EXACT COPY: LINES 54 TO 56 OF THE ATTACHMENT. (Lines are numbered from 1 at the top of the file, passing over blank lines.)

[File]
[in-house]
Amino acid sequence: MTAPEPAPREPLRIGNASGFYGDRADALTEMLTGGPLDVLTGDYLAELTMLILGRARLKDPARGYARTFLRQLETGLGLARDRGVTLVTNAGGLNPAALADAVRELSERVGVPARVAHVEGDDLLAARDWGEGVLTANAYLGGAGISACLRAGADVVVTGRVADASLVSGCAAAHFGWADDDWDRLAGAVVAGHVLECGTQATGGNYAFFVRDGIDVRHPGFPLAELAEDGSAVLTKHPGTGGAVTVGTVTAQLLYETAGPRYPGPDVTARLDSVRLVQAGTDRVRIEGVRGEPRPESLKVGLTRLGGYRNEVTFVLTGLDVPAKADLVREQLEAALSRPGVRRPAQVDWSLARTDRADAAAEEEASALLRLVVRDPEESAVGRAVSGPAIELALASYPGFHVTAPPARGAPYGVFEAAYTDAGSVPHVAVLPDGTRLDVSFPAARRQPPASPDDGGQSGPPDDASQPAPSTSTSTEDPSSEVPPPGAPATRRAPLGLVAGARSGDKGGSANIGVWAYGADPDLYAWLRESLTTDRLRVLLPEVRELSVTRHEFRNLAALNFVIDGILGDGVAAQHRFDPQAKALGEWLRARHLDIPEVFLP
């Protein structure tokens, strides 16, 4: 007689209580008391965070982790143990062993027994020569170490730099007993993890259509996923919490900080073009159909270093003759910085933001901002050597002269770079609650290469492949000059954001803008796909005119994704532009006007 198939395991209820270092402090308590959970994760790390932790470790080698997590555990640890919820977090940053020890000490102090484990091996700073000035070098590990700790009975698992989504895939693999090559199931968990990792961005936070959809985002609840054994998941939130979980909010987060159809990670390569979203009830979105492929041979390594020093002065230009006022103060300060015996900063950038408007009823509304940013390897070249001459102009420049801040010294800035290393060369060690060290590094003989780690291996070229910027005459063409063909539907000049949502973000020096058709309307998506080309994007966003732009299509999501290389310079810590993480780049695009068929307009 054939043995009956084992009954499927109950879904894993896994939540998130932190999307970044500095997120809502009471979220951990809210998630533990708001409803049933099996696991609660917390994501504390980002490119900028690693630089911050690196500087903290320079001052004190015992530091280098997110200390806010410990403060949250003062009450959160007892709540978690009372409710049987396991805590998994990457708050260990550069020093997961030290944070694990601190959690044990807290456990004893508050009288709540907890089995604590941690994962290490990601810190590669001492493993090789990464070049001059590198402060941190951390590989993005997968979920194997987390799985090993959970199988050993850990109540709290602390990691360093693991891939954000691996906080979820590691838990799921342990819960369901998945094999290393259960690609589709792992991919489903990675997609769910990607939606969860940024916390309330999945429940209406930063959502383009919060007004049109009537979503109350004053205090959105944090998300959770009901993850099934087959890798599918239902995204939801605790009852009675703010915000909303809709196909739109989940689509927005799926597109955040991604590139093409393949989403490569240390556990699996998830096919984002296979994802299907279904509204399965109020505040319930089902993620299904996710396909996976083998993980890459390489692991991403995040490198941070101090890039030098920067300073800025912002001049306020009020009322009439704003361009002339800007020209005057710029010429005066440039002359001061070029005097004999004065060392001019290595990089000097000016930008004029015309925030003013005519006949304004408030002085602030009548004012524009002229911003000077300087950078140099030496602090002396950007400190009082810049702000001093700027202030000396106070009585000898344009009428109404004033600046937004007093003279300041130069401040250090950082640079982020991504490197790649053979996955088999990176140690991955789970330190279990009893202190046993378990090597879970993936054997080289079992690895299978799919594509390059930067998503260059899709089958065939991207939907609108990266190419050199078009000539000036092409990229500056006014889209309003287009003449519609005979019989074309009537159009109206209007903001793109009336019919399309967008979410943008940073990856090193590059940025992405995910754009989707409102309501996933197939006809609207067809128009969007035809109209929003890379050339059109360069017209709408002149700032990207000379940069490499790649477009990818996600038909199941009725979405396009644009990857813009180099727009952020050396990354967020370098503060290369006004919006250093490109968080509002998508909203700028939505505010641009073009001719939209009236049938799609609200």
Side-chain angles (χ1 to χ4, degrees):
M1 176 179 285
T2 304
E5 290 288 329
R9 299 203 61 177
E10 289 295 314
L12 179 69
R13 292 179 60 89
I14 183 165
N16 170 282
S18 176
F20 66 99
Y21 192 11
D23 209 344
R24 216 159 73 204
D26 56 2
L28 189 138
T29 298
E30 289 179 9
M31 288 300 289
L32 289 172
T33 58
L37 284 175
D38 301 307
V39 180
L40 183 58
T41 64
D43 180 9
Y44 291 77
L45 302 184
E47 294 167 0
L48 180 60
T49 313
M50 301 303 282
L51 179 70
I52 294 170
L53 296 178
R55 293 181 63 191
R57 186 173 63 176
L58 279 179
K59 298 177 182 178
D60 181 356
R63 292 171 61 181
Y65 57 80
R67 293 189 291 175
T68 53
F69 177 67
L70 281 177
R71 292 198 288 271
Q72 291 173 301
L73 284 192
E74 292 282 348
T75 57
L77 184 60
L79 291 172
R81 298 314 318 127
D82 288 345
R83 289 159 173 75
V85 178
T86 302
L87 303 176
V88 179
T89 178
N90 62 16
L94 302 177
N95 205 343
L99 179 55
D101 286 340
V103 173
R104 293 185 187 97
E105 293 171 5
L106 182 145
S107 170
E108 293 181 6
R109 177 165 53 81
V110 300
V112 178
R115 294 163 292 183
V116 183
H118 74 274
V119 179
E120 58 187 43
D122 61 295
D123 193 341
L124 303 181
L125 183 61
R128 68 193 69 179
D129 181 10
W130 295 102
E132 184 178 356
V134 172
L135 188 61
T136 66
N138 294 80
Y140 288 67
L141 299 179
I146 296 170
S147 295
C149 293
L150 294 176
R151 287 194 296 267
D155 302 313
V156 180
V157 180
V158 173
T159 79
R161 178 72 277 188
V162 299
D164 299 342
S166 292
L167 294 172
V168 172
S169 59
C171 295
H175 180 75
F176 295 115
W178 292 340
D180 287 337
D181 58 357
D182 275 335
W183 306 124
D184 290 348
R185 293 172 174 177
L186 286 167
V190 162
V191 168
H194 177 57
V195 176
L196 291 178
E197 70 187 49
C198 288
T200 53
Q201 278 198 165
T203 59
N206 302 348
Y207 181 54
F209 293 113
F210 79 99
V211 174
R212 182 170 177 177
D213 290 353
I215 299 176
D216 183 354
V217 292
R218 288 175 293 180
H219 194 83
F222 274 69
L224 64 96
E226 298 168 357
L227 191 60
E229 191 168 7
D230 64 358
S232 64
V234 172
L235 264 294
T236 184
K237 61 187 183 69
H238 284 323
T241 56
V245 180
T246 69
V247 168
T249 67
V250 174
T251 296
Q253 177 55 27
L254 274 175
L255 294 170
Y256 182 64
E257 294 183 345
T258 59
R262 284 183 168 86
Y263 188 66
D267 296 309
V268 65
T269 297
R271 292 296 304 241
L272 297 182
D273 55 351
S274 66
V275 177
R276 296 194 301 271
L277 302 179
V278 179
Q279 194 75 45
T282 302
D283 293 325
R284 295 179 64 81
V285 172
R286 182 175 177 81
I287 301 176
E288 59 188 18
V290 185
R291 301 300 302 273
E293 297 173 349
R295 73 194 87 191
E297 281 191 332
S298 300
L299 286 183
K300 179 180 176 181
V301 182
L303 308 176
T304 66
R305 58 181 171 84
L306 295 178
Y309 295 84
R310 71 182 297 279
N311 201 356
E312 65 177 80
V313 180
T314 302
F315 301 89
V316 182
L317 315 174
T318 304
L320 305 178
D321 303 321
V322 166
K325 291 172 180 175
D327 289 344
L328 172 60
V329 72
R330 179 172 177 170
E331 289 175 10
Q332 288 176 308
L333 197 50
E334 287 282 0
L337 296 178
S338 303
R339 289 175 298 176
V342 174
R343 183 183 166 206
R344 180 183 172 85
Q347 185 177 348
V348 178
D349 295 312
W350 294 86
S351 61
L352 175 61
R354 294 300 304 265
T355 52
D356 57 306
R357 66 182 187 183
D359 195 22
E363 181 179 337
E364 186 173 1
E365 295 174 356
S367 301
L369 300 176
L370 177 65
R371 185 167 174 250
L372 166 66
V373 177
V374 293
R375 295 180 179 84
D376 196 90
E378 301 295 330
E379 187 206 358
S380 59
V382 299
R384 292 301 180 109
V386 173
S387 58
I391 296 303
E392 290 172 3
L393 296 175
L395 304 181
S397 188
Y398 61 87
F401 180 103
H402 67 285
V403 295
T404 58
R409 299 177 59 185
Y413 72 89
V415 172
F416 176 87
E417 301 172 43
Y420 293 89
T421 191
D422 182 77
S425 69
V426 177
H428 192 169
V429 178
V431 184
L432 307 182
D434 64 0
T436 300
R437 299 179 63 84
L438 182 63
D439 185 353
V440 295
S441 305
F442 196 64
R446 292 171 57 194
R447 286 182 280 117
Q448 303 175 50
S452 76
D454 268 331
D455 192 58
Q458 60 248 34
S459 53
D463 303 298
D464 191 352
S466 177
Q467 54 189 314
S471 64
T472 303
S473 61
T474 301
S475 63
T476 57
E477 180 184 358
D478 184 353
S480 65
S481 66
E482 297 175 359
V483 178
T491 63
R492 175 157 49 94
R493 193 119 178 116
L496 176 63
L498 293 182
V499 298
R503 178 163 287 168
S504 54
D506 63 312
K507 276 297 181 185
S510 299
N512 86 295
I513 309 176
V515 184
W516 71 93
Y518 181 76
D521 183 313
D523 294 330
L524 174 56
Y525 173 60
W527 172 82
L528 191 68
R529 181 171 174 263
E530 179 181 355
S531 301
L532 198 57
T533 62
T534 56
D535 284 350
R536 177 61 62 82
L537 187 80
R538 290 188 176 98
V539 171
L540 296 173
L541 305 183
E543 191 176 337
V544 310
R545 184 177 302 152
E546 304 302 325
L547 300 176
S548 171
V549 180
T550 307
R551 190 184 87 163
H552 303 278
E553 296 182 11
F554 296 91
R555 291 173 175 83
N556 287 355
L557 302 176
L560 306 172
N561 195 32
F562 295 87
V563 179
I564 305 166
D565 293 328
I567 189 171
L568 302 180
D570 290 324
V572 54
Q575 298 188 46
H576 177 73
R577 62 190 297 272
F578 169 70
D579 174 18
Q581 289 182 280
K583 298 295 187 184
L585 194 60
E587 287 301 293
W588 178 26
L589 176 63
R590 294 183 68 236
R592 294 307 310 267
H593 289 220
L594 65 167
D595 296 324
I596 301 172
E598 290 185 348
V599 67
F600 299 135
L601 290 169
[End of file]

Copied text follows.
L73 284 192
E74 292 282 348
T75 57